Editor Arrais Has Increased Lay Leader Magazine Subscriptions 20-Fold

Jonas Arrais with the Adventist Church's ministerial association helps to empower local lay elders. In some churches around the world, local volunteer leaders go for weeks without seeing their pastor who may have several churches under their care. [Photo: Ansel Oliver/ANN]Source: Adventist News Network

[June 18, 2007] The Seventh-day Adventist Church's Elder's Digest magazine editor Jonas Arrais is described by colleagues as an easygoing, funny man -- a native of Brazil, his jokes are accentuated by his colorful English, which is his third language.

"Don't have your funeral same day as Brazil soccer team play -- your funeral five, 10 minutes, maybe."

Once a church administrator in South America, Arrais was elected as a member of the Seventh-day Adventist world church's ministerial department in 2005 to train pastors and elders.

And jokes aside, he's serious about his ministry, usually traveling about 200 days a year empowering these unpaid church leaders. Arrais has helped to grow subscriptions of the English version of the quarterly Elder's Digest magazine to 60,000, up from 3,000 just 15 months ago.

The following are excerpts from an interview with some modifications.

ANN: Why have you said the future of the church is in the hands of laypeople?

Arrais: "When God gave the mission to the church, He didn't give it to just pastors or just lay leaders, he gave it to the 'church.' That involves everyone. In those countries where the church is growing fast is where we have one pastor pastoring many churches and those churches are in the hands of local elders."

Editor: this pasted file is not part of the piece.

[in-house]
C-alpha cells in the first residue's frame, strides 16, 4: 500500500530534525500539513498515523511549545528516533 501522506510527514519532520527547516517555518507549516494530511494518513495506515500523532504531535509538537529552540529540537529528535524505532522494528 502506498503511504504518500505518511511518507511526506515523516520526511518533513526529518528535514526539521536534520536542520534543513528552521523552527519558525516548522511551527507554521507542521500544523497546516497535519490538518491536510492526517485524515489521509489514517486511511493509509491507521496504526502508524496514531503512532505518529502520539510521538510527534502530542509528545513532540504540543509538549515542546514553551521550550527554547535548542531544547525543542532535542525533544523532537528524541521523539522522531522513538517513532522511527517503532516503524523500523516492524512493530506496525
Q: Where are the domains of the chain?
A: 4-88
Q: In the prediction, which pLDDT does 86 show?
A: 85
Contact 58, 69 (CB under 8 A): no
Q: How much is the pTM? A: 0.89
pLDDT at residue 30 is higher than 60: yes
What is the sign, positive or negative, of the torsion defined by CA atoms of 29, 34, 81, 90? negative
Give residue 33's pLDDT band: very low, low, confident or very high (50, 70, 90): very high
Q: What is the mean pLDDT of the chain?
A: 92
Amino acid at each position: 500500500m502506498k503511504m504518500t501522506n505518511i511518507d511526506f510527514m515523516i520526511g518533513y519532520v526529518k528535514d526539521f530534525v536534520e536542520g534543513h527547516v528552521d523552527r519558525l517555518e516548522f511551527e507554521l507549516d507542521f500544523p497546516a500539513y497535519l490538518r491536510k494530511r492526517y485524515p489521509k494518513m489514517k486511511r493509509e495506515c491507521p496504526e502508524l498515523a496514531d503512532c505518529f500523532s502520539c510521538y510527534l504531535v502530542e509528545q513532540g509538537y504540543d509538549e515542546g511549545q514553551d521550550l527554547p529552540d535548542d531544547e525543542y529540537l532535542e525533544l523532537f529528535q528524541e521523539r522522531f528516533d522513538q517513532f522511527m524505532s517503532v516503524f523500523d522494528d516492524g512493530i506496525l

ANN: So some churches only see their pastor every two or three weeks?

Arrais: "Two months, man. In Brazil, Africa, Philippines ... we have places, for example where the pastor has more than 40 churches and companies under his care. How is it possible to lead and administrate one large district? By training. [Adventist Church co-founder] Ellen White said pastors should spend more time educating than preaching. But what are local church leaders receiving? In some places around the world they may not have a Church Manual, Elder's Handbook, maybe some may not even have a Bible. So we need to equip those people, train those people. Because when we train, we are saying 'thank you so much for everything you are doing in this church.'

ANN: How many Adventist pastors are there worldwide?

Arrais: "About 25,000. You know how many churche elders there are? Ten times that - 250,000. On any given Sabbath you've got elders and local leaders running the operation of a church. Many don't have leadership training or theological training, especially in some parts of the world. The key word is training. Do you think 25,000 pastors alone will finish the work of preaching the gospel?"

ANN: Why has Elder's Digest magazine grown so fast in the last few months?

Arrais: It cost $18 for an annual subscription, but by working with the regional church administrators we've been able to lower the cost to 80 cents. We can deliver to the different administration levels who order in bulk. They are sponsoring the magazine so they can give it to the local church elders for free.

ANN: What can people find in the magazine?

Arrais: "Who is doing the pastoring of those churches? Local church elders. So every edition has four sample sermon outlines. We have interviews with local leaders, and short, practical articles about worship, mission, how to speak effectively, how to do administration. Programs are in here straight from the world church headquarters; all the departments are placing articles here to tell people about church programs - family ministries, youth, Sabbath school, children's ministries, you know. Sometimes we tell the pastors or the administrators, but the local church leaders, they do not know about the Adventist Church's programs.

ANN: What are you planning for the magazine's future?

Arrais: "I am hoping that we will get more international advertising and events in soon. And many people are trying to write for other magazines, but now we are getting more good articles for Elder's Digest. We are also having it translated into more languages for different parts of the world.